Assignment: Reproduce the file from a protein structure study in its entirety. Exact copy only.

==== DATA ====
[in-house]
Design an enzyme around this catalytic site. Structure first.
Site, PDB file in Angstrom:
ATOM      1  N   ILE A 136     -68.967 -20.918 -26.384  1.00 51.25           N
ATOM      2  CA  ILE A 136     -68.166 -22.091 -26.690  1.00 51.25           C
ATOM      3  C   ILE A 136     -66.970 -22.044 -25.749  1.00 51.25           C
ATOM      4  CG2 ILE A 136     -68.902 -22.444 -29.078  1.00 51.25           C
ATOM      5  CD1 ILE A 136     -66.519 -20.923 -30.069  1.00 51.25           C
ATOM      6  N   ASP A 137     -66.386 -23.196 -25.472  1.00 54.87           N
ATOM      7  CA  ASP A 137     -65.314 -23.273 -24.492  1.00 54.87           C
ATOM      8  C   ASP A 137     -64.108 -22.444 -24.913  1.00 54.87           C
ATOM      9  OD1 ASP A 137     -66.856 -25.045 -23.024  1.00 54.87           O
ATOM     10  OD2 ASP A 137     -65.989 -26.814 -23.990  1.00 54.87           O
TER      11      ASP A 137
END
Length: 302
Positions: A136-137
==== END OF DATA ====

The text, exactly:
[in-house]
Design an enzyme around this catalytic site. Structure first.
Site, PDB file in Angstrom:
ATOM      1  N   ILE A 136     -68.967 -20.918 -26.384  1.00 51.25           N
ATOM      2  CA  ILE A 136     -68.166 -22.091 -26.690  1.00 51.25           C
ATOM      3  C   ILE A 136     -66.970 -22.044 -25.749  1.00 51.25           C
ATOM      4  CG2 ILE A 136     -68.902 -22.444 -29.078  1.00 51.25           C
ATOM      5  CD1 ILE A 136     -66.519 -20.923 -30.069  1.00 51.25           C
ATOM      6  N   ASP A 137     -66.386 -23.196 -25.472  1.00 54.87           N
ATOM      7  CA  ASP A 137     -65.314 -23.273 -24.492  1.00 54.87           C
ATOM      8  C   ASP A 137     -64.108 -22.444 -24.913  1.00 54.87           C
ATOM      9  OD1 ASP A 137     -66.856 -25.045 -23.024  1.00 54.87           O
ATOM     10  OD2 ASP A 137     -65.989 -26.814 -23.990  1.00 54.87           O
TER      11      ASP A 137
END
Length: 302
Positions: A136-137